Diminished value or loss in market value has been a real sore spot with insurers in the last couple of years. What is diminished value? Courts across the country have ruled that a loss in market value occurs even if the vehicle has been repaired properly. The reasoning is that damged and repaired goods are not worth as much as pristine goods.
Many insurers have consistently denied the fact that DV does exist. Insurers believe that a properly repaired car does not suffer any loss in value.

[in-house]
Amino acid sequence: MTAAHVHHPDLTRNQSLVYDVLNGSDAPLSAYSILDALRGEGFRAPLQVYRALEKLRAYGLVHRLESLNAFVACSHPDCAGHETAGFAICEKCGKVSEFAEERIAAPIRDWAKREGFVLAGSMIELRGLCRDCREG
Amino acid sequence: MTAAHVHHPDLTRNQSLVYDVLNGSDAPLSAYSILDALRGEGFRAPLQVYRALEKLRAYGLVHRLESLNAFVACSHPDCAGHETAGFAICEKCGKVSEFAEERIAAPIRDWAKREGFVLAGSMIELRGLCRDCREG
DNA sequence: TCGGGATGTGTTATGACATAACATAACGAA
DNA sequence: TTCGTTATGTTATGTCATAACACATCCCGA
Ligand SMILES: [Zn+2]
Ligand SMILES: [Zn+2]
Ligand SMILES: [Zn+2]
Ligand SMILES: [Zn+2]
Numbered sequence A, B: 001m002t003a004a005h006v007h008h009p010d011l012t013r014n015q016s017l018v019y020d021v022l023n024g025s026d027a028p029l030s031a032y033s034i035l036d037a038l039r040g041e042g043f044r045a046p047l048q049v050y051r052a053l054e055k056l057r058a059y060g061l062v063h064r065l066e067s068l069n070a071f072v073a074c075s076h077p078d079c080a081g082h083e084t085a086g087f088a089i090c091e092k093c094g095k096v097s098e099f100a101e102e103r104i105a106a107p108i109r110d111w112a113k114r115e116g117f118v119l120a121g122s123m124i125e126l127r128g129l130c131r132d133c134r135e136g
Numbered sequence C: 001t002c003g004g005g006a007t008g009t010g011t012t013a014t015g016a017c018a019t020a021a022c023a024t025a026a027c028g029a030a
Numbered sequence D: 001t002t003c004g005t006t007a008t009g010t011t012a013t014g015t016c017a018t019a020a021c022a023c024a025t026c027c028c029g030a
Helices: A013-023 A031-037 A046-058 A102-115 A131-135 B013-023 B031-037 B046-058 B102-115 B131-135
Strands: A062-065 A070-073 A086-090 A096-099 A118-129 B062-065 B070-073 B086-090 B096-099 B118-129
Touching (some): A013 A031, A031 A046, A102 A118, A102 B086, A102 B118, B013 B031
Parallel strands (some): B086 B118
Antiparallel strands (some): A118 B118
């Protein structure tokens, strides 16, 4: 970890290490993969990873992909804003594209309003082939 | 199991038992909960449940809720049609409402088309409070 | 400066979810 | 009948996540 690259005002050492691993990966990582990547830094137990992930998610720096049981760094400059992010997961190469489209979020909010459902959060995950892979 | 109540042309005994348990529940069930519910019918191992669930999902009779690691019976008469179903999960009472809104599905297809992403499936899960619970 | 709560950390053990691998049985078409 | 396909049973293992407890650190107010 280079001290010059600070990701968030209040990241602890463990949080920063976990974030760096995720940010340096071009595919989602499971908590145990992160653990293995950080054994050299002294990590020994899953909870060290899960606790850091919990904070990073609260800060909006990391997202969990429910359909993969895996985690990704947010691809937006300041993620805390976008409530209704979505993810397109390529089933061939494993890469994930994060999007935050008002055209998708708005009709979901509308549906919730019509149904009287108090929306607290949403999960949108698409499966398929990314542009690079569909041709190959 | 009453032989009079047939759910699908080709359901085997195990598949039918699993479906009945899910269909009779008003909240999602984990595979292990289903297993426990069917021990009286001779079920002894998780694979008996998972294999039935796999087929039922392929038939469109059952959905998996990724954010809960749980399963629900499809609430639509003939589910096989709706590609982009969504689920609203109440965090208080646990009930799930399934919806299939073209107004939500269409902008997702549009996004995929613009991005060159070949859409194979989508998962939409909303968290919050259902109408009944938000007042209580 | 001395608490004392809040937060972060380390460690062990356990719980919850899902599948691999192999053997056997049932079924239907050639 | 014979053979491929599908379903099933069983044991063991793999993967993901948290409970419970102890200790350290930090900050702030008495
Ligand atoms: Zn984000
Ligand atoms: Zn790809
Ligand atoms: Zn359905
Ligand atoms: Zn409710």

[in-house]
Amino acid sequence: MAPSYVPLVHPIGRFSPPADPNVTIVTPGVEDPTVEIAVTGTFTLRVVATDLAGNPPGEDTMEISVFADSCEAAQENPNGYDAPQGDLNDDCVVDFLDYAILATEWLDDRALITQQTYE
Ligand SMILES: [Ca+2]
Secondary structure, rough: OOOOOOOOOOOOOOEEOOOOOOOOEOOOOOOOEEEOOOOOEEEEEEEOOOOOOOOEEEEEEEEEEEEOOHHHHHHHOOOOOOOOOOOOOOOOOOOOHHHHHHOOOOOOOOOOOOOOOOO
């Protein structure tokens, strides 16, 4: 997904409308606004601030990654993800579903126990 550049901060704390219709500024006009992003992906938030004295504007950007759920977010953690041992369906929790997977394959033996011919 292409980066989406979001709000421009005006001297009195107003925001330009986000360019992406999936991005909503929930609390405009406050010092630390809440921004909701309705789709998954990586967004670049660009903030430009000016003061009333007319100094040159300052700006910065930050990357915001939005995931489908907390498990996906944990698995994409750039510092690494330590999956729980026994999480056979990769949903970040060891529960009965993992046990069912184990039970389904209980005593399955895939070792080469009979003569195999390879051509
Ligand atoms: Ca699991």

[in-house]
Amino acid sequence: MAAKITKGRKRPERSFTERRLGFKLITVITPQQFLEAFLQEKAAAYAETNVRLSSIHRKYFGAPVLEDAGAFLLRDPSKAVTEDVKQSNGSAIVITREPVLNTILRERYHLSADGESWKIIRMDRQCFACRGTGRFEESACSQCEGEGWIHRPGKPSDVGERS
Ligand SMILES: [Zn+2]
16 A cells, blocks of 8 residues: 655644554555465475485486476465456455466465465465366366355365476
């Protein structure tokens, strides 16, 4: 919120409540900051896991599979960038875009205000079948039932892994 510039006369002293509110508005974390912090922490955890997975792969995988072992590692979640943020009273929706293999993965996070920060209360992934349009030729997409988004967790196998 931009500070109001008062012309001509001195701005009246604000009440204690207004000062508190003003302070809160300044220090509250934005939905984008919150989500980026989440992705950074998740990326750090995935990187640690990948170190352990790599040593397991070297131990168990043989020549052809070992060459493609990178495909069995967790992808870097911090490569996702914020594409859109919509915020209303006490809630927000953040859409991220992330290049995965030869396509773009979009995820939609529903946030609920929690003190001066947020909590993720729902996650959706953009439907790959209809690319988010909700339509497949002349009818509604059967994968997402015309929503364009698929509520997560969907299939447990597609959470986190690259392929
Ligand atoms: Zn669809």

The insurance policy is supposed to be a bi lateral contract. That is that it equally represents the interests of both parties. Insurers have been giving appearance allowances and taking betterment and yet refused to admit that the other side of both of these issues is loss in value. If an insurer gives an appearance allowance for a minor damaged item I.E. a wheel, then they are admitting to diminished value. If an insurer can take betterment if the repairs increase the value of the vehicle, then the other side of that would be they owe the loss in market value if the repairs decrease the vehicle’s value. As you can see, this is very controversial and can create many heated discussions. In 2001 insurers began to put an exclusion in the policy that Loss In Market Value is not covered. Seems strange that they would exclude something that they have said never existed. Exclusions in the policy are for first party losses. First party losses are when collect from your own insurance carrier.If you are in an accident and the other person is at fault, that is a third party loss. Because third party losses are a kind of tort loss, DV is awarded in most instances.This section of the site will be devoted to the Diminished Value controversey.